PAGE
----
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Aug
2016
Friday 5th
posted by Will Stone in Britain

New members go to High Court to challenge rule change


A GROUP of Labour members who are “disgusted” by new rules blocking them from voting in the leadership election launched legal action against their party yesterday.

The five-strong group, who are crowdfunding the £40,000 legal costs, are challenging the decision that only members who joined before January 12 would be allowed a vote in the contest.

Representing them in the High Court, Stephen Cragg QC accused Labour’s national executive committee (NEC) of unlawfully imposing a “freeze date” on membership.

He asked Mr Justice Hickinbottom to declare that party rules had been misapplied and the five were entitled to vote.

If the court rules in their favour, almost 130,000 disenfranchised Labour supporters stand to win the right to participate in the election.

Fitness instructor Christine Evangelou, one of the five new members at the court, said: “I am disgusted that they are trying to take my vote away and the votes of people like me.”

She believes tens of thousands of new members denied the vote want to see Labour leader Jeremy Corbyn take the party “back to its social democrat, working-class roots.”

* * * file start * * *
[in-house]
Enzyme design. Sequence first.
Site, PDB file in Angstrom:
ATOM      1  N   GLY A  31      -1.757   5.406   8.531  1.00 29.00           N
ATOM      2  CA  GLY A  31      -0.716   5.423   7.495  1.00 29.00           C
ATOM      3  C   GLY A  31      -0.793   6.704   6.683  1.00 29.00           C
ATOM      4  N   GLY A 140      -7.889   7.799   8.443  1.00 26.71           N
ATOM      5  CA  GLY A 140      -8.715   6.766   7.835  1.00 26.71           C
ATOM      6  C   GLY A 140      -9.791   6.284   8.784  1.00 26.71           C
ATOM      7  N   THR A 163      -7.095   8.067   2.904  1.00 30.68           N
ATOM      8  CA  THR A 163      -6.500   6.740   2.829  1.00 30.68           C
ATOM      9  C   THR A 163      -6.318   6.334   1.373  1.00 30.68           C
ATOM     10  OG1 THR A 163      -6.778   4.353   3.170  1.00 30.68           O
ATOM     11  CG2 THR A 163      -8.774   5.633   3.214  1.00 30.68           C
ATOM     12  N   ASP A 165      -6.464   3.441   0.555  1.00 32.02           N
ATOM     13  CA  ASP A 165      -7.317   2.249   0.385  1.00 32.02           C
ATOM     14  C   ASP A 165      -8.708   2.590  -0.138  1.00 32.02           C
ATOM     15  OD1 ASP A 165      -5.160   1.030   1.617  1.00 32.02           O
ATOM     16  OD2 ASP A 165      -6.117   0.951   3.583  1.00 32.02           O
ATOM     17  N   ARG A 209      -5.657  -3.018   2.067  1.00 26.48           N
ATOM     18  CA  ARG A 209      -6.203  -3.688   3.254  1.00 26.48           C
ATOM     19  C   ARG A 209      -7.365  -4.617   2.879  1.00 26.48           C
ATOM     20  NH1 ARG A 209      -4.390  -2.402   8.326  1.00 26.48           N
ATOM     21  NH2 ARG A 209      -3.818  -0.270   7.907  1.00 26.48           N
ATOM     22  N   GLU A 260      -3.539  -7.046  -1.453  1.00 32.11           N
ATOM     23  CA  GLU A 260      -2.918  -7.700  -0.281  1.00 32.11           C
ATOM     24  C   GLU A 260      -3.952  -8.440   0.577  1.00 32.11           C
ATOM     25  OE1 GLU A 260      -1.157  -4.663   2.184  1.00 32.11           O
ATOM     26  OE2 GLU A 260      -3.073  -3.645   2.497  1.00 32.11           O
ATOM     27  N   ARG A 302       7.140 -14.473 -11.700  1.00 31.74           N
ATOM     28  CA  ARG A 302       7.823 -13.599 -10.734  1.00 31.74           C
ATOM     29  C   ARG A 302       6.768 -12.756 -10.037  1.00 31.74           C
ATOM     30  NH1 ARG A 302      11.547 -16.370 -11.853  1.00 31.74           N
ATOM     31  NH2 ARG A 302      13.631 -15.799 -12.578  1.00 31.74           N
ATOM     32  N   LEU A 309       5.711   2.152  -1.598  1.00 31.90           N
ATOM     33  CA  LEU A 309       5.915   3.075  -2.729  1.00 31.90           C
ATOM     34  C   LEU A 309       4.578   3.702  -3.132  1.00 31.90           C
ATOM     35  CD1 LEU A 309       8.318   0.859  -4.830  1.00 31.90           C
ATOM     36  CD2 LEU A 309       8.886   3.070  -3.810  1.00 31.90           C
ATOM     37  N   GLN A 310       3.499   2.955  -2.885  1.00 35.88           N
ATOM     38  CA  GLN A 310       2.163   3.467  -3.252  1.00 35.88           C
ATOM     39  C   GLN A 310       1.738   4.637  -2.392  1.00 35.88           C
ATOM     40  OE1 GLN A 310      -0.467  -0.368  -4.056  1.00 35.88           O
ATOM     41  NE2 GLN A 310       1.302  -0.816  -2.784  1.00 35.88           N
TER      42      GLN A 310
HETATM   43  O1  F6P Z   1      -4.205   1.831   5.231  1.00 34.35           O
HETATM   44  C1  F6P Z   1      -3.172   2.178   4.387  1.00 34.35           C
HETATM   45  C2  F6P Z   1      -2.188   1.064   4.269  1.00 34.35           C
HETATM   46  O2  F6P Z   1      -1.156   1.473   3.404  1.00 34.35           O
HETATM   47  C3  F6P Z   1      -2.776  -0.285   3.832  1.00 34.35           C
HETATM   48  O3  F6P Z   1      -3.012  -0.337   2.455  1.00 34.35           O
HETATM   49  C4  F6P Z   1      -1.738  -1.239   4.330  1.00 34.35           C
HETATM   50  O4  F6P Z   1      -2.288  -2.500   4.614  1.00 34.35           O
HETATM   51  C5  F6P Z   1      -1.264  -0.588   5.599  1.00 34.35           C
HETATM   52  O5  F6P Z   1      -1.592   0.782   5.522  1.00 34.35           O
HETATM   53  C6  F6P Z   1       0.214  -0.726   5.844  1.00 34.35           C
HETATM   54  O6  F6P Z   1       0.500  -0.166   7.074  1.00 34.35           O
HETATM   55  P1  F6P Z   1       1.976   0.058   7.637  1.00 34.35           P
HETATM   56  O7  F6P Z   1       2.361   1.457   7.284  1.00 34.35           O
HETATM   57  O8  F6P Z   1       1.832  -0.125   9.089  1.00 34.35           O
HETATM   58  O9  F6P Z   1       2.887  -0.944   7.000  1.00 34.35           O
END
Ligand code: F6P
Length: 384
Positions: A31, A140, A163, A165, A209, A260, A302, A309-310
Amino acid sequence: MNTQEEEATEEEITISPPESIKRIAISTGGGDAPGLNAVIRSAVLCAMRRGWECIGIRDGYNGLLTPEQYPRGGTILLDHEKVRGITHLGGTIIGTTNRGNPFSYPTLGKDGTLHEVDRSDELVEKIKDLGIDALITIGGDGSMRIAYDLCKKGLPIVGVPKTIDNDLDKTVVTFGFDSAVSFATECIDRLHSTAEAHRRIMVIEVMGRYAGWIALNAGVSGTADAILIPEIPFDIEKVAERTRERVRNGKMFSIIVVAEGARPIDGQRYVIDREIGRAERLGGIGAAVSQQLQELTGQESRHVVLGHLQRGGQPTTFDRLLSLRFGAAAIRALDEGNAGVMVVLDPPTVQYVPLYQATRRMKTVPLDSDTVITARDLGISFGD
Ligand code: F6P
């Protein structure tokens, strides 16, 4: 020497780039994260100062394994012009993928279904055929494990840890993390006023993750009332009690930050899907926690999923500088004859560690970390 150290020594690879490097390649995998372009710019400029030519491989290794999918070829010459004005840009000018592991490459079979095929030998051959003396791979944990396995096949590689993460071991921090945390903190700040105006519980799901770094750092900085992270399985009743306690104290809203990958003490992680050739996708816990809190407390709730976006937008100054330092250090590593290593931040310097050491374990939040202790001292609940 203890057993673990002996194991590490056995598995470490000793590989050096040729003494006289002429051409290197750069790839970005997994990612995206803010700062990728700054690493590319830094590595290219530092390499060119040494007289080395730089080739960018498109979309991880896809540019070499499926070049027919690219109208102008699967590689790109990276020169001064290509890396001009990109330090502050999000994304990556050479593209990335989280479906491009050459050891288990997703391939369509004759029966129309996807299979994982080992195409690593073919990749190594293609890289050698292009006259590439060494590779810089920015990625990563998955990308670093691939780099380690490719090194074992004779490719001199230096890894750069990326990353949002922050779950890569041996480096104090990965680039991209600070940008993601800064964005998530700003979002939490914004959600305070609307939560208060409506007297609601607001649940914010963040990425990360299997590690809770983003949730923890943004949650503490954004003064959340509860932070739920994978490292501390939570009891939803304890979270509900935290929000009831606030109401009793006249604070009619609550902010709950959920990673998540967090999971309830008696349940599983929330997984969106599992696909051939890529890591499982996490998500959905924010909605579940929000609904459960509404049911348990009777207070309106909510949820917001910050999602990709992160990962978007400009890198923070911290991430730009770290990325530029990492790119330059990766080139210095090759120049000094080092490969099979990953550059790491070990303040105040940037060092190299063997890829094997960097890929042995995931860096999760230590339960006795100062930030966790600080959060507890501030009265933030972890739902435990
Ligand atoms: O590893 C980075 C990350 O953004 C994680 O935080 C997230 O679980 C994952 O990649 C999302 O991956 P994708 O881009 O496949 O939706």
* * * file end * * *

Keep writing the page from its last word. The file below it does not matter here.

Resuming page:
Ms Evangelou, from Enfield, north London, said she has been a Labour voter all her life but had only joined the party because she supports Mr Corbyn’s “Labour values.”

“I think it is fair to assume that most of the astonishing number of members who have recently joined wish to vote for Corbyn,” she said.

“If you are going to exclude over 100,000 voters, you are not going to get the full picture of what people actually want.
“I think the Labour Party has always been a working-class, social democratic party.

“It changed under the Tony Blair leadership. I think Corbyn is taking it back to its roots and what the Labour Party actually is.”

Ms Evangelou said she had been shocked to discover that, despite her being a member, she would not have a vote in the contest between Mr Corbyn and rival Owen Smith.

Instead, she was told that she could only vote if she paid the £25 fee to register as a supporter.

The single mum added: “Money is tight and I can ill afford to spend £25 in addition to regular membership fees I am paying in order to gain voting rights that I should have — and was promised — in any event.”




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